Sunday, July 30, 2017

Paper Review: Canson Montval Artboard: Watercolor Basics

I use regular, pre cut Montval for 7" Kara pages, so I was very excited when I heard that Canson planned on releasing artboards for their Montval range.  Artboard is very similar to illustration board, in that it's a self supporting board that should not need stretching, and should not buckle with water or washes.

These are also referred to as Canson Plein Air boards.

The Stats:
  • 3 sheets per pack, but now also available in 10 sheet, tape bound pads
  • Cold Press finish
  • Cellulose based
  • 140lb paper attached to board
  • Available in 3 sizes: 12"x16", 9"x12", 8"x10"
Canson has a variety of paper types available in their Artboard line:

Montval is available in:
  • Tape bound sheets
  • Artboards
  • Sketchbooks/watercolor field books
  • Rolls
You can find Canson Montval Artboard on:
Jerry's Artarama

The Packaging (3 Pack)

The Packaging (10 Sheet Pad)

The Package reads:

PLEIN AIR: Artists have been painting en Plein Air (A French term meaning "in the open air"), long before the term was made notable by the Impressionist movement of the 19th century.  The Impressionists , such as Monet, Renoir, and Pisarro, with their newly portable tubes of paint, compact easels, and bright colors born from the industrial revolution, flocked to the outdoors to capture nature's beauty and bring forth a new perspective on capturing light and color which has changed the way we view art and our surroundings forever.

The Field Tests:

In this field test, I went for a mixed media application- alcohol markers (Copic markers, Blick Studio Brush markers) + watercolor and wax resist.

Alcohol Marker Application:

I often enjoy using alcohol markers on inexpensive watercolor papers such as Montval, Fluid, and  Blick Studio watercolor paper.  Inexpensive, cellulose watercolor papers are sturdy papers that can handle a lot of blending and layers, and the cold press texture often adds an element of visual interest.  For this field test, I rendered Kara with Copic, Blick Studio Brush, and Prismacolor markers, and applied layers of watercolor to add shading without removing saturation- a technique I often use with my succulent illustrations.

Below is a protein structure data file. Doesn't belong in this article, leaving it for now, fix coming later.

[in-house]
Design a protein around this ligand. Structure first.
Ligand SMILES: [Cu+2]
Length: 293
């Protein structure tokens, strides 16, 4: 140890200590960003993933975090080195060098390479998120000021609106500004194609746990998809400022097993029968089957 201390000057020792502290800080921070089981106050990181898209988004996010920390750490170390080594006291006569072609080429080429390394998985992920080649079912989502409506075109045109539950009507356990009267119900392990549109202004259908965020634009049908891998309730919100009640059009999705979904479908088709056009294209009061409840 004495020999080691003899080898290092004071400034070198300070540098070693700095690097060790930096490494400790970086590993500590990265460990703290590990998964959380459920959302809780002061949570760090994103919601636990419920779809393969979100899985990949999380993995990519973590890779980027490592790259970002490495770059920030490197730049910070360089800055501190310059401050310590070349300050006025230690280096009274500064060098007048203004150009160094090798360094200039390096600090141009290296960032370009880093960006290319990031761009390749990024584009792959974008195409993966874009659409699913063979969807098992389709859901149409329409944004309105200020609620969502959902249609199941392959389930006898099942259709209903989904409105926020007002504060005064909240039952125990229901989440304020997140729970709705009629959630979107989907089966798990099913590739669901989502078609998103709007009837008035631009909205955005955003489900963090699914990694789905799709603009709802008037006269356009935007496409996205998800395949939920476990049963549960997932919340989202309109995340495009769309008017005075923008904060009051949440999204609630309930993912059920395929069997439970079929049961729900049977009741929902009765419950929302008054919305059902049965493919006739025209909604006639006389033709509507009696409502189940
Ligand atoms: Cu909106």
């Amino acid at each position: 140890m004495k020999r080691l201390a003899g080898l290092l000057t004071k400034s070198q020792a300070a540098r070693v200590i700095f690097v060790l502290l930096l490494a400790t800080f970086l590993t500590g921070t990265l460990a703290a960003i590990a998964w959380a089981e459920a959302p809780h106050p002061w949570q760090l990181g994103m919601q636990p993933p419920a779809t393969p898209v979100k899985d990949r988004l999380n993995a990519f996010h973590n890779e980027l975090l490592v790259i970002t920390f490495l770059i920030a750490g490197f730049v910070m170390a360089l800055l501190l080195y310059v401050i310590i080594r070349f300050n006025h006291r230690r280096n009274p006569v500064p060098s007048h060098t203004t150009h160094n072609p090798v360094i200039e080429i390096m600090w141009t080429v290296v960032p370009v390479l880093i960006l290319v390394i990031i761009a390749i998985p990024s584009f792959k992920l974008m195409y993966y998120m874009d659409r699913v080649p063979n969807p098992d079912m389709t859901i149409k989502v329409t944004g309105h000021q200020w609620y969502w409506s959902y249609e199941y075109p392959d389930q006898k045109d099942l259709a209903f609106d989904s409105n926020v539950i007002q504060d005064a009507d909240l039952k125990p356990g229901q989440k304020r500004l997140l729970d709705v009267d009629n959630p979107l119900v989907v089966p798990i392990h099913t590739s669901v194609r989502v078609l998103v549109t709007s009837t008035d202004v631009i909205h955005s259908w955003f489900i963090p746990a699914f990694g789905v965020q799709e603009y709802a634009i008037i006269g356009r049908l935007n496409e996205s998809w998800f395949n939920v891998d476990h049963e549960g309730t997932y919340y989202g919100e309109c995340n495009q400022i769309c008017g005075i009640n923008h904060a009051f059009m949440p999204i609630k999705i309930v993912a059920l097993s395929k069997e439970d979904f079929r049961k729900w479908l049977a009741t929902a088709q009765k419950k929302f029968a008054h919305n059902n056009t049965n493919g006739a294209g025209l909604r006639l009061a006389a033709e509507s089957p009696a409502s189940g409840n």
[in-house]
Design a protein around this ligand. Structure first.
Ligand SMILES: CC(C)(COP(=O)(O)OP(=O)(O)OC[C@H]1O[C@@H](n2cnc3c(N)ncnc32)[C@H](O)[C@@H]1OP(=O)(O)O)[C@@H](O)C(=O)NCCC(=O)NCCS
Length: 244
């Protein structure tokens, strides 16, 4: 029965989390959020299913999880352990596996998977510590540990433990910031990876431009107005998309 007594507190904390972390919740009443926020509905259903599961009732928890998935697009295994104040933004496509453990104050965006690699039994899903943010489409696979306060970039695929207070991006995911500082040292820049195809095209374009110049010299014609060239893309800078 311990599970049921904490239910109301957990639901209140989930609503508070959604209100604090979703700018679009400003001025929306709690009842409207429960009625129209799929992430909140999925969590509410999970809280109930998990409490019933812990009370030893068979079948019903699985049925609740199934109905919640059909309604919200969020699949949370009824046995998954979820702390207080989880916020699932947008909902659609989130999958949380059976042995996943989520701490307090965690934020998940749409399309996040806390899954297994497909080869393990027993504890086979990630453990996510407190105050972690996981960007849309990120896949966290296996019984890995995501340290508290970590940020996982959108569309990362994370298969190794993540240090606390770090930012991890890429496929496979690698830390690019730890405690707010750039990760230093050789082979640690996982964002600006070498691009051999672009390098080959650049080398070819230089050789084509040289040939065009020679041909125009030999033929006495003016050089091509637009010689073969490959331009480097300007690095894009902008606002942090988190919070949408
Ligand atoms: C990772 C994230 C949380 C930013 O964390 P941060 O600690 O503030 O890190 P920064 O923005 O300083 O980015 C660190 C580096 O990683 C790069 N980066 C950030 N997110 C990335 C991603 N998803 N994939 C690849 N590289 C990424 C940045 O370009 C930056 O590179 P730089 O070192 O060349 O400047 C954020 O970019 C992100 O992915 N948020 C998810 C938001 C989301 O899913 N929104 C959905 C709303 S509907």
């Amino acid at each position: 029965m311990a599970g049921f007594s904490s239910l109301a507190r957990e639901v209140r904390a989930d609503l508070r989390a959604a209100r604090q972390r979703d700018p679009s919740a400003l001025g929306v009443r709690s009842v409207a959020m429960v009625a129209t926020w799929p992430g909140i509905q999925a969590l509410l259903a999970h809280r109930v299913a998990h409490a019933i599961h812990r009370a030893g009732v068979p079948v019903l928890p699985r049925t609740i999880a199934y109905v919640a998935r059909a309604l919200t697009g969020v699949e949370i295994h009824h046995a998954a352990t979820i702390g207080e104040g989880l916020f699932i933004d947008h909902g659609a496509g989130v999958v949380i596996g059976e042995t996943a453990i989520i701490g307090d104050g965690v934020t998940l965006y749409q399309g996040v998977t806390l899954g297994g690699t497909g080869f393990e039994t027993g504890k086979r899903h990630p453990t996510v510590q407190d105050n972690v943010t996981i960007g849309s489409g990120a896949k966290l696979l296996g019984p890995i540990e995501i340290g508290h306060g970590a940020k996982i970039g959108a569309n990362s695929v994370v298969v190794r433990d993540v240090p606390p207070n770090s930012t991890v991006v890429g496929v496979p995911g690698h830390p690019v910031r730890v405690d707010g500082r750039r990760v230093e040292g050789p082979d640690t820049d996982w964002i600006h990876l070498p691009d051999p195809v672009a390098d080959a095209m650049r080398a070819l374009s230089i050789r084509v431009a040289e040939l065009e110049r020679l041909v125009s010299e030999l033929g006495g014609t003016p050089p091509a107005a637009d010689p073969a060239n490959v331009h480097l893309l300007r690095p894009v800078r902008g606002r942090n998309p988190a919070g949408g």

This illustration was inked with a Sailor Mitsuo Aida brushpen, which is alcohol marker and waterproof.  If you have trouble finding the Sailor Mitsuo Aida, I recommend you try Sakura Pigma brushpens- they perform just as well, and are equally marker and watersafe.

Background Application of Brusho:

 Removing the Tape:

And yes, I realize Kara looks like she just set the world on fire, and enjoys watching it burn.  You can't win every time.
Sure, Kara looks kinda crazy in the last image, but she's awfully cute in 7" Kara, my beautiful watercolor webcomic.  Since it's World Watercolor Month, why not enjoy a family friendly comic, available both in print, and for free as a webcomic?

Mixed Media Field Test:

In this November Artsnacks challenge, I used acrylic sprays, watercolor markers, and loads of water to create an illustration of an alien girl standing in a field of poppies.

This illustration was inked with a Sakura Pigma FB brushpen.

Sky was applied with a Molotov refillable watercolor marker, included in the November Artsnacks box.  Washes were applied with a Sketchbox Signature waterbrush.

 Orange is Marabu acrylic spray, spritzed with water to dilute and bloom.

If you enjoy my reviews, and would like to see them continue, please join the Artnerd community on my Patreon.  For just $2 a month, you can help support this blog, as well as my tutorials and reviews, and gain access to Backer Exclusive content, free comics by me, art assets, and more.

A 7" Kara page on Montval coldpress paper:

Chapter 6, 7" Kara

The Verdict:

If you don't like Montval, or aren't comfortable painting on Montval, you won't enjoy Montval Artboard.  It is literally just Montval paper adhered to something akin to illustration board- it has many of the same downsides as Montval, minus the proclivity for buckling.

However, if you DO like Montval, and wanted something studier for your field sketches, or for convention commissions, then Montval Artboard is worth checking out.

For those unfamiliar with Canson Montval:

Canson Montval is a cellulose based watercolor paper that generally requires outside support, such as gatorboard and blue tape, to prevent buckling.  It is an inexpensive, easy to find paper that's available in a variety of formats, and is the right quality and pricepoint to facilitate comic page creation for me.  In humid weather, layers become muddy and overworked, and painting in such conditions may cause the paint to slough off the paper, so care should be taken.  Canson Montval can be run through a Canon Pixma Pro 9000 Mk II scanner for printing bluelines, and is about the same thickness as many popular comic papers on the market.

  • No buckling
  • Can be used as mixed media
  • Can handle a fair amount of layering and glazing

Second Opinions and Outside Resources

Friday, July 28, 2017

Unboxing Chameleon Marker Tops and the Chameleon Complete Your Collection Set

A few months ago, a little birdie (probably on Instagram) told me that Chameleon Markers were releasing a new product.  Not one to resist the allure of innovation, I had to check it out, and found myself doing the unbelievable- backing an Indiegogo campaign.

Chameleon Color Tops

I was a little hesitant at first- Indiegogo campaigns have a habit of dematerializing.  However, Chameleon is an established company, so I figured it would be bad for business for them to take my money and run, so I decided to take a chance.